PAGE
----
In the wake of the coronavirus, overall auto sales in the US could drop to low levels not seen since the 2008 financial crisis. In hard-hit markets, like Seattle, San Francisco, and Los Angeles, the demand for cars already fell by as much as 22%. However, new EV-sales strategies are emerging to help revive the pre-virus momentum for electric vehicles.
In Nottingham, England, an EV-specific leasing company called Drive Electric offers a 30-day ‘try before you buy’ scheme for fleets. It was launched 18 months ago with funding from the Nottingham City Council’s Go Ultra Low funding. Mike Potter, Drive Electric’s managing director, said:
Most organizations need to experience electric vehicles before making a decision to purchase.
The leasing company provides the vehicles, books the loans, and explains how charging works when the car is received. The choice of EVs includes the Hyundai Kona Electric, Kia e-Niro, Renault Kangoo EV, and Nissan e-NV200. A total of 52 organizations have given the program a try, resulting in 20 new EV sales.
Meanwhile, in the Bay Area, Sunil Paul, a pioneer in the ridesharing space, is promoting the idea of a Mileage Purchase Agreement (MPA). Paul put up a $10,000 prize in a contest called “Spring Free EV Contest” in which 16 teams are searching for the best way to implement an MPA to expand EV adoption.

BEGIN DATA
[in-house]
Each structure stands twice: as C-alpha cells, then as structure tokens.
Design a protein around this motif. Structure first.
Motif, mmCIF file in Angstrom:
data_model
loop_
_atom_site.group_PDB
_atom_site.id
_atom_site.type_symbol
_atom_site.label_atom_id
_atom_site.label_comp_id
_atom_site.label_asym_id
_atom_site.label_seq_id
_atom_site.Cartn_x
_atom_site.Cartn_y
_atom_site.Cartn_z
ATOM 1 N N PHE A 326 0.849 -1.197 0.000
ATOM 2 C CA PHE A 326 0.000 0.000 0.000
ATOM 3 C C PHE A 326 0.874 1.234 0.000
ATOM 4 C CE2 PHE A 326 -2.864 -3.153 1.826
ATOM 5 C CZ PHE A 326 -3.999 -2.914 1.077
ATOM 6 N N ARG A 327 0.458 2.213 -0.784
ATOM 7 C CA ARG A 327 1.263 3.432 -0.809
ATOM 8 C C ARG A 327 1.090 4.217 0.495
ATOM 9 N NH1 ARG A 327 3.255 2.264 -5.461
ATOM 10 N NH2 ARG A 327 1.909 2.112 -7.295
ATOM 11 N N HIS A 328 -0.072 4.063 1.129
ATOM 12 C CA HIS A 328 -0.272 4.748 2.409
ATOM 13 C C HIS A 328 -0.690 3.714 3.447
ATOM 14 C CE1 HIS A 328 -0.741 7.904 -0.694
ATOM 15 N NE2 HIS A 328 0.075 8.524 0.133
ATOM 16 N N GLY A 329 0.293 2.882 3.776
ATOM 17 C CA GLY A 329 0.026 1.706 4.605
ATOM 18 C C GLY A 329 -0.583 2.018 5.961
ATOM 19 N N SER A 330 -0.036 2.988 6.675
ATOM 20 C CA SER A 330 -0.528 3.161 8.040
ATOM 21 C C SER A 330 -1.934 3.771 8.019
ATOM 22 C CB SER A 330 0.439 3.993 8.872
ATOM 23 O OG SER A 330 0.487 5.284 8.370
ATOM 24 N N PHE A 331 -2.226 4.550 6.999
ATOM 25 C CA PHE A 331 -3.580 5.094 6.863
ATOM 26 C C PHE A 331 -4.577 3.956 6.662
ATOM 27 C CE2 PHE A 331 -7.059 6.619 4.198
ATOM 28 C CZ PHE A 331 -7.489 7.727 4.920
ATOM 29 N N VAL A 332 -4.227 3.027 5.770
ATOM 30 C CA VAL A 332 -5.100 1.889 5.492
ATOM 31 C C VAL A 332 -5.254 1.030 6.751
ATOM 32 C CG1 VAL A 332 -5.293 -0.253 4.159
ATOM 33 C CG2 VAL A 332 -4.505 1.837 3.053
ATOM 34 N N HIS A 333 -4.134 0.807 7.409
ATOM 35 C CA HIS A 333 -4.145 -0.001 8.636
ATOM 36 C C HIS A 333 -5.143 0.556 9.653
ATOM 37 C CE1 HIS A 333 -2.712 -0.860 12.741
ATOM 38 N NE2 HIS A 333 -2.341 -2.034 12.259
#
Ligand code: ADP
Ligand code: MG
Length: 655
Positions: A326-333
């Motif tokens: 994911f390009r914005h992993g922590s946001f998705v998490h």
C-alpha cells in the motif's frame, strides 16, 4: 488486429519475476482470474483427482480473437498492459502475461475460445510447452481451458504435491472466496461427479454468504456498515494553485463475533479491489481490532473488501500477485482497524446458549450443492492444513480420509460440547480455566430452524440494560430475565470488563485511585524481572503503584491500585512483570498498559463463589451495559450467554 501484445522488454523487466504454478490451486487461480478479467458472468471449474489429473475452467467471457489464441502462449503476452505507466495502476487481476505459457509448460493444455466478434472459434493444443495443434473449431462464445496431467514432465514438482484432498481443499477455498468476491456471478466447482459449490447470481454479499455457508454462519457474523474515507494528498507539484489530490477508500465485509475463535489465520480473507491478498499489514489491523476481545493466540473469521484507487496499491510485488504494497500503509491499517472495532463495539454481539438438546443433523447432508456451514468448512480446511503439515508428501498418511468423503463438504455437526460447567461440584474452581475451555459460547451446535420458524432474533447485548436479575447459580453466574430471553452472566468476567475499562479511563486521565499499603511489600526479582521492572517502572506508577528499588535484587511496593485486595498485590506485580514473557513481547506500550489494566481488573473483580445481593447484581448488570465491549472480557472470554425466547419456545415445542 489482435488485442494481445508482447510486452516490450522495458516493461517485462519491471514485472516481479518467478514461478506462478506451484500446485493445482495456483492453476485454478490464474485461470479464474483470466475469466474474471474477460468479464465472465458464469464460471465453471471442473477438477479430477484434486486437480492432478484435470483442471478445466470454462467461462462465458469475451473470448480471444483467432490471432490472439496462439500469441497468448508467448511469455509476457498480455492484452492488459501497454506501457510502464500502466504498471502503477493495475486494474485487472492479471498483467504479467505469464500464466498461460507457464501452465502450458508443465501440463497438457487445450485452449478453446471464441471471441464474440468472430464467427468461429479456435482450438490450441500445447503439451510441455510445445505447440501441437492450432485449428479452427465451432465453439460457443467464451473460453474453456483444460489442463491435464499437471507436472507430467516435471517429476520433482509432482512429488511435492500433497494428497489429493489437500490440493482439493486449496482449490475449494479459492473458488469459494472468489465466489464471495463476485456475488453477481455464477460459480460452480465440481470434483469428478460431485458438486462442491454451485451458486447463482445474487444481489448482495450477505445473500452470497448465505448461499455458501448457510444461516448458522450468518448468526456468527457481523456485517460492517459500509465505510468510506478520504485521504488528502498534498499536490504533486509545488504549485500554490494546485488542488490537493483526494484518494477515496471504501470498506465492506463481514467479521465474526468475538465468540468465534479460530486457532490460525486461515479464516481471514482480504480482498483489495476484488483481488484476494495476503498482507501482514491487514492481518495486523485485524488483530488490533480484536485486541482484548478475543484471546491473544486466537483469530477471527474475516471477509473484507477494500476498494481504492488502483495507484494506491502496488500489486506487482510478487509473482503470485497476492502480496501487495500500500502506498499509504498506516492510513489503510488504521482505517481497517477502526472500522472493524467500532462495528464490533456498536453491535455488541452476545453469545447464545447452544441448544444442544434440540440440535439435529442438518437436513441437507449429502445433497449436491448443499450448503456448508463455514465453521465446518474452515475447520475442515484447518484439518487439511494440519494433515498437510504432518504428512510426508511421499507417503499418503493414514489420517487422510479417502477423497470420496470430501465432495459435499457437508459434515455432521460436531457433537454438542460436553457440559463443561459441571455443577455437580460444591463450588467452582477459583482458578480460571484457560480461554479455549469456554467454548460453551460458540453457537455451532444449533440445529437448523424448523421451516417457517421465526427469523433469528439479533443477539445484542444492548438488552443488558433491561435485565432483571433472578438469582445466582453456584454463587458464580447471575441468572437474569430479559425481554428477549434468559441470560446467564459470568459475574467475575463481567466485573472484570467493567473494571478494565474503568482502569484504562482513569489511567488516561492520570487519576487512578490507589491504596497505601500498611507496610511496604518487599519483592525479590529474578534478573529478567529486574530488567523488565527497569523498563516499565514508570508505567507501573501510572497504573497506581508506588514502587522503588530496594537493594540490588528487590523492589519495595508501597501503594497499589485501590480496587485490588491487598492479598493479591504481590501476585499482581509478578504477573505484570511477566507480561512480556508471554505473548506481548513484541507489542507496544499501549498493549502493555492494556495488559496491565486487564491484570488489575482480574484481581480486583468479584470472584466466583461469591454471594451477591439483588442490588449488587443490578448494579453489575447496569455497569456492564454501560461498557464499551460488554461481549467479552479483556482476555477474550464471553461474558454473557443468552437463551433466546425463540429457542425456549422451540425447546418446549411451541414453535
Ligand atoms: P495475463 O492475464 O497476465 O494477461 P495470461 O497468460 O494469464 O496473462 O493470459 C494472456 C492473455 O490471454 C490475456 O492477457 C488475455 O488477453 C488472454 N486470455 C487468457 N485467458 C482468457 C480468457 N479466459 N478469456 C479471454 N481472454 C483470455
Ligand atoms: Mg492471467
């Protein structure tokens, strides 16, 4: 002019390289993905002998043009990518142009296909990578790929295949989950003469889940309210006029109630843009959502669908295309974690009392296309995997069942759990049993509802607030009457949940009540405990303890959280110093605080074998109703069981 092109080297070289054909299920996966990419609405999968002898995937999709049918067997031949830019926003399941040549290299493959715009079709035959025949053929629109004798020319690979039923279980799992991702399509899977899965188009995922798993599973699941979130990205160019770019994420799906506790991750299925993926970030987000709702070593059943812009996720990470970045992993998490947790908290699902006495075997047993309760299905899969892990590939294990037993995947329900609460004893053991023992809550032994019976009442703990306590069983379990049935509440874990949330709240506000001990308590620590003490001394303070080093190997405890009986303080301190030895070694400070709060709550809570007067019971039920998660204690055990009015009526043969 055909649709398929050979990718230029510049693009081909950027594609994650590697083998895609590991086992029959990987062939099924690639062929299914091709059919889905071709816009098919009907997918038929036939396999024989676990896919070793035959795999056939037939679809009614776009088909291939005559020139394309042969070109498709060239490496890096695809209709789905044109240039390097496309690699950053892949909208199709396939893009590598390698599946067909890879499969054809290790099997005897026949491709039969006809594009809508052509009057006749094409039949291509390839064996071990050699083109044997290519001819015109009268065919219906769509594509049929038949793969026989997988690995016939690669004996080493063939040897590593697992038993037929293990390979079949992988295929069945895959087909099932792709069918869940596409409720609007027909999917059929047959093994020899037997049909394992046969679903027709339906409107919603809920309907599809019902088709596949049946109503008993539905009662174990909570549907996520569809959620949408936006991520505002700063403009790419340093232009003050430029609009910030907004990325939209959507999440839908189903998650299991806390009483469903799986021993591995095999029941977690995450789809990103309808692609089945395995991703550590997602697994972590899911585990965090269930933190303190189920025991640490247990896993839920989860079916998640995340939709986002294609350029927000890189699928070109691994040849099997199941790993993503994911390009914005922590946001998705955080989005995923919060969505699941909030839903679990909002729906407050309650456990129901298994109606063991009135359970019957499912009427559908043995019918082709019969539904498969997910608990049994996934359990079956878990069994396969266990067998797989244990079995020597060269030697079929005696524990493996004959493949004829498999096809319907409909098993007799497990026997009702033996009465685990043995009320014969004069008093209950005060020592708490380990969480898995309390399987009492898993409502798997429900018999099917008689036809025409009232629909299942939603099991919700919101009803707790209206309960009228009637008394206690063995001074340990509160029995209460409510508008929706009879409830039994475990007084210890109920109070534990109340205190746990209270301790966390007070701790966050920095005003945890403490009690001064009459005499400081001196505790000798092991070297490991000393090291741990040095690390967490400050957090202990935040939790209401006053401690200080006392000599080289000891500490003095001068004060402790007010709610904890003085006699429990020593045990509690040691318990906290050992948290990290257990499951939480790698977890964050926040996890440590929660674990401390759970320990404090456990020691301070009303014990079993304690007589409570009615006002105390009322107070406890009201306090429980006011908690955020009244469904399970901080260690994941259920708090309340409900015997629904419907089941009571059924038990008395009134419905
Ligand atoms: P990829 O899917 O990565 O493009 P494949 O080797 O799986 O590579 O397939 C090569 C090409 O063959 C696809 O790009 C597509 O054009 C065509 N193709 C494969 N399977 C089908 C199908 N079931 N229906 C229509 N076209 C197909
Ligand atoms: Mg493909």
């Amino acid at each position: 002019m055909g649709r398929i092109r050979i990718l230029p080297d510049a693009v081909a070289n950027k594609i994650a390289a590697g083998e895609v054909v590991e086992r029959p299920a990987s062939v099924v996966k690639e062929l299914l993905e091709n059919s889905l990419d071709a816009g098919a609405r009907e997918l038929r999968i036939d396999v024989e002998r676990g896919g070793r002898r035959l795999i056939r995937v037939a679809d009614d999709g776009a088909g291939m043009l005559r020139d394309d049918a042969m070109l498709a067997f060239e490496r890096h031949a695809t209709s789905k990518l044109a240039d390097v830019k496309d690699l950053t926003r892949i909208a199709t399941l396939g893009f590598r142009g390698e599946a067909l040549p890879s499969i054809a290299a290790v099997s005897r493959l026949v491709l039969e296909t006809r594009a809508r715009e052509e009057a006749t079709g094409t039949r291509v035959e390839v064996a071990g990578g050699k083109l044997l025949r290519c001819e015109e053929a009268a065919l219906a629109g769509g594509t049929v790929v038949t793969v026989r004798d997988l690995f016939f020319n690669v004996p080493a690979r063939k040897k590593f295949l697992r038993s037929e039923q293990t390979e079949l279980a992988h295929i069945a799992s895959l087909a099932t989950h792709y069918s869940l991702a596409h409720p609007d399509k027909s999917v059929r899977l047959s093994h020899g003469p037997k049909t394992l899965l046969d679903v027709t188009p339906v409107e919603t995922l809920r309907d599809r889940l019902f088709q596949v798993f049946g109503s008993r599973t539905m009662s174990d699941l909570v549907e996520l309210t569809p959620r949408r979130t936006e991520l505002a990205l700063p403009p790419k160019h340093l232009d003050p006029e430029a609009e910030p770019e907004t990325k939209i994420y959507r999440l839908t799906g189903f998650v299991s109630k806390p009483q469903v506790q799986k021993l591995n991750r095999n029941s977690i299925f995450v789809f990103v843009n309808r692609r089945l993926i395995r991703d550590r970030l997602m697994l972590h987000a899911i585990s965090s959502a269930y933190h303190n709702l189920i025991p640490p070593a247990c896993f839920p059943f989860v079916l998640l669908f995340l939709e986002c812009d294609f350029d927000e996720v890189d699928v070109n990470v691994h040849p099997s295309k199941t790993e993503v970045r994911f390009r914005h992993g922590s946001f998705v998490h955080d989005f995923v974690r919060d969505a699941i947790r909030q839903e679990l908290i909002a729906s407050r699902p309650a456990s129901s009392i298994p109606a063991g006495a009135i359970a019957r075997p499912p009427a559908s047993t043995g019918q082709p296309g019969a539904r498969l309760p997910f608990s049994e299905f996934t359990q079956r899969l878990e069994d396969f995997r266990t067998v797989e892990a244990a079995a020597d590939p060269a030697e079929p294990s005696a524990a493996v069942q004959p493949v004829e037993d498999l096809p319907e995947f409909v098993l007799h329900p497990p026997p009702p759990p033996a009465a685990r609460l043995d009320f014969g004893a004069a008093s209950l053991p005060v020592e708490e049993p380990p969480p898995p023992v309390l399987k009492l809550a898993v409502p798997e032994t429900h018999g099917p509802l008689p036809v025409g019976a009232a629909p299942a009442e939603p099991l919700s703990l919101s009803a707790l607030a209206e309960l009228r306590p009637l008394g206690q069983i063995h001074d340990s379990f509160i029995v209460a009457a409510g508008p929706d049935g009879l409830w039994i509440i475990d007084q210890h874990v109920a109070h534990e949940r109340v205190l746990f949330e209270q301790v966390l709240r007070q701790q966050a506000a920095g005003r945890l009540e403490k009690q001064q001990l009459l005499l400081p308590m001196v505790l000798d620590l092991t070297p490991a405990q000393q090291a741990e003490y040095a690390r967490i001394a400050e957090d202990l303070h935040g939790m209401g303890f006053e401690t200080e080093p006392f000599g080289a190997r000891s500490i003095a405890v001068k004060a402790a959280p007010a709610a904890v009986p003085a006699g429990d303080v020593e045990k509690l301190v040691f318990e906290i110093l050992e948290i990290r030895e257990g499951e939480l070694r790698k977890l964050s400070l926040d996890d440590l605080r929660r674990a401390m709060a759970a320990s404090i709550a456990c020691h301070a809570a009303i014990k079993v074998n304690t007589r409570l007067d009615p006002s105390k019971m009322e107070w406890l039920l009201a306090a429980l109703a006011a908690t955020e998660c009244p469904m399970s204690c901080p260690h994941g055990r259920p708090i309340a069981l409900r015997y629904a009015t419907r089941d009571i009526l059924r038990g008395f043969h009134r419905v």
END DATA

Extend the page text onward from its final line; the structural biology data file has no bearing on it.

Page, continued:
One of the teams is led by entrepreneur Andrew Krulewitz. His start-up Flux-EV.com explains the MPA concept:
An electric vehicle saves you money on fuel and maintenance with every mile you drive. But, these savings only accrue little by little, until now. We loan you up to $5,000 of your future fuel and rebate savings in advance of your purchase. You can use this as your down payment or add it to what you already planned to spend. It’s called a Mileage Purchase Agreement.
You pay us $0.10 per mile for your first 50,000 miles until the Mileage Purchase Agreement (MPA) is paid off. Once it is, all of the additional fuel, maintenance, and interest savings are yours to keep.
Flux-EV is targeted to individual consumers while Texas-based eCarra – also participating in the Spring EV contest – is using MPA to finance micro fleets of EVs used in corporate and government rideshare contracts. Royale EV is promoting commercial “delivery fleets as a service,” using EVs with monthly billing via an MPA.
Paul equated the MPA to Power Purchase Agreements that dramatically increased solar adoption in recent years. But he acknowledged that solar and EVs have fundamental differences. That’s why he created a contest called the “Spring Free EV Contest,” so multiple approaches could be put to the test.
About a dozen other teams are trying out different spins on the MPA. The group that gets the most traction by April 2, when the contest judging is planned, will get the $10,000 prize, the potential for more funding, plus mentorship from Paul and other advisors.
Krulewitz believes this is precisely the right time to promote EV-purchasing alternatives, like an MPA, into practice. He said:
When COVID-19 restrictions are lifted, people will resume their daily drives to work. A growing number of these people are super-commuters driving more than 100 miles per day, particularly here in California. If we can get them into a desirable EV, like a Tesla, in a way that saves time and money, it’s a win for them and the environment.
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